Still, those interested in compelling stories about the Civil War without academic jargon or a theoretical framework will find Lady Rebels of Civil War Missouri interesting, but with this caveat: there is a faint Lost Cause tone to some of Wood’s prose. For instance, when introducing the story of Mary Jane Duncan, arrested in early March 1865 for aiding guerrillas, Wood notes that “even in the late winter and early spring of 1865, as it became increasingly obvious that Union victory in the Civil War was just a matter of time, Missouri women with Southern sympathies continued to come into the clutches of Union justice” (p. 122). Wood omits that late in the war Missouri still remained a chaotic place, with Federal personnel drained to the East to complete the campaigns that brought an end to the Confederacy and Missouri Rebel guerrillas still desperately fighting for a cause already lost. In this unsettled environment, Federal authorities continued to use whatever means necessary to do their job, including the arrest of Missouri’s lady Rebels.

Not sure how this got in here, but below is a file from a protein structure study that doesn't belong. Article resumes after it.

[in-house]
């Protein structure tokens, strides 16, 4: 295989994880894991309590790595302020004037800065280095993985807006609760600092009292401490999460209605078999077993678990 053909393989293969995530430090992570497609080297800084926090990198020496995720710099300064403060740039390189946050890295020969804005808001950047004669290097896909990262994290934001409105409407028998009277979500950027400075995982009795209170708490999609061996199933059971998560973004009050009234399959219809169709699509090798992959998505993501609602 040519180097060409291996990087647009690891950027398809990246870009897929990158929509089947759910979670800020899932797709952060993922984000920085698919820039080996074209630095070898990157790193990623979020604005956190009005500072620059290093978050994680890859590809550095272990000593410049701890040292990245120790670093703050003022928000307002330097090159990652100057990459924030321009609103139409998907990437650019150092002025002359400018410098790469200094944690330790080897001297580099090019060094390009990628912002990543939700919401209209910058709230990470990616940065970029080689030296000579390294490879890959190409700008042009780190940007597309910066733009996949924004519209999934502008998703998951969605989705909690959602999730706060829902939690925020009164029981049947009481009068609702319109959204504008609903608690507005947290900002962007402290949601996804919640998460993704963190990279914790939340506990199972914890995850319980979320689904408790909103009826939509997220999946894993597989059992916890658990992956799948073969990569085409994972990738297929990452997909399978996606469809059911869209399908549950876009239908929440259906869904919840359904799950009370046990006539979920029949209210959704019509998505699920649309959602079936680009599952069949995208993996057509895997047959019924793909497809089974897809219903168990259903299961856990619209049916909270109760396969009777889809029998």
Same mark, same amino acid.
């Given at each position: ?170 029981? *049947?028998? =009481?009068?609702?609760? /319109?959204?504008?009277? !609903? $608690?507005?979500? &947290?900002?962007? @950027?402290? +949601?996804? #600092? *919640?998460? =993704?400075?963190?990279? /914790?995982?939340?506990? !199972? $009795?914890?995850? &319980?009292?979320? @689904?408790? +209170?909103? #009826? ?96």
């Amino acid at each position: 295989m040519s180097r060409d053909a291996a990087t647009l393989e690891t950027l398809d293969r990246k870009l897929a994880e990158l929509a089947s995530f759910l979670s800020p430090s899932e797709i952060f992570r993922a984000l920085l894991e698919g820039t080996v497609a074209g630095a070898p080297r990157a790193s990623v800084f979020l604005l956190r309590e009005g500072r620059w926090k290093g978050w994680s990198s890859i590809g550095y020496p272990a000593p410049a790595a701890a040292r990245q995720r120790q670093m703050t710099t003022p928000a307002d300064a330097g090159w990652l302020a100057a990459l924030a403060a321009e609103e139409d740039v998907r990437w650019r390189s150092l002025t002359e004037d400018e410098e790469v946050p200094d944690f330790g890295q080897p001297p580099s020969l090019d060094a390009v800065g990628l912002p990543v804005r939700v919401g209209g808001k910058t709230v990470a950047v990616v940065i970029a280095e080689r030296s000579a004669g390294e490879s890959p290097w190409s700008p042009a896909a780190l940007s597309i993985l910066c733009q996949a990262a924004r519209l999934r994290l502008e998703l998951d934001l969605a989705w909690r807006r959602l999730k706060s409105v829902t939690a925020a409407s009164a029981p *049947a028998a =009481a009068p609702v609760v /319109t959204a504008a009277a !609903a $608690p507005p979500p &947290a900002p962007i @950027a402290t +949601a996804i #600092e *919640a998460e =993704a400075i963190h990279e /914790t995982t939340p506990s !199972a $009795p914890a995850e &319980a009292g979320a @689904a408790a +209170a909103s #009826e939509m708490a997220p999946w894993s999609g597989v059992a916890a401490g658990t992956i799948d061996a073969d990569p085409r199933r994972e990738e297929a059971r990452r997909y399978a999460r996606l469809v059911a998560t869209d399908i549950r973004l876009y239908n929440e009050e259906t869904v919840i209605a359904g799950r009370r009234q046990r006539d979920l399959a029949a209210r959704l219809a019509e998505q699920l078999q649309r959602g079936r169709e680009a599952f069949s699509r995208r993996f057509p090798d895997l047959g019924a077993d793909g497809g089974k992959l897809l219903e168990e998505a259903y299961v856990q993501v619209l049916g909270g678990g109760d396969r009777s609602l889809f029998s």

[1]. Thomas F. Curran, Women Making War: Female Confederate Prisoners and Union Military Justice (Carbondale: Southern Illinois University Press, 2020).

[2]. Curran, Women Making War, 59.

Citation: Thomas F. Curran. Review of Wood, Larry. Lady Rebels of Civil War Missouri. H-CivWar, H-Net Reviews. September, 2023.

This work is licensed under a Creative Commons Attribution-Noncommercial-No Derivative Works 3.0 United States License.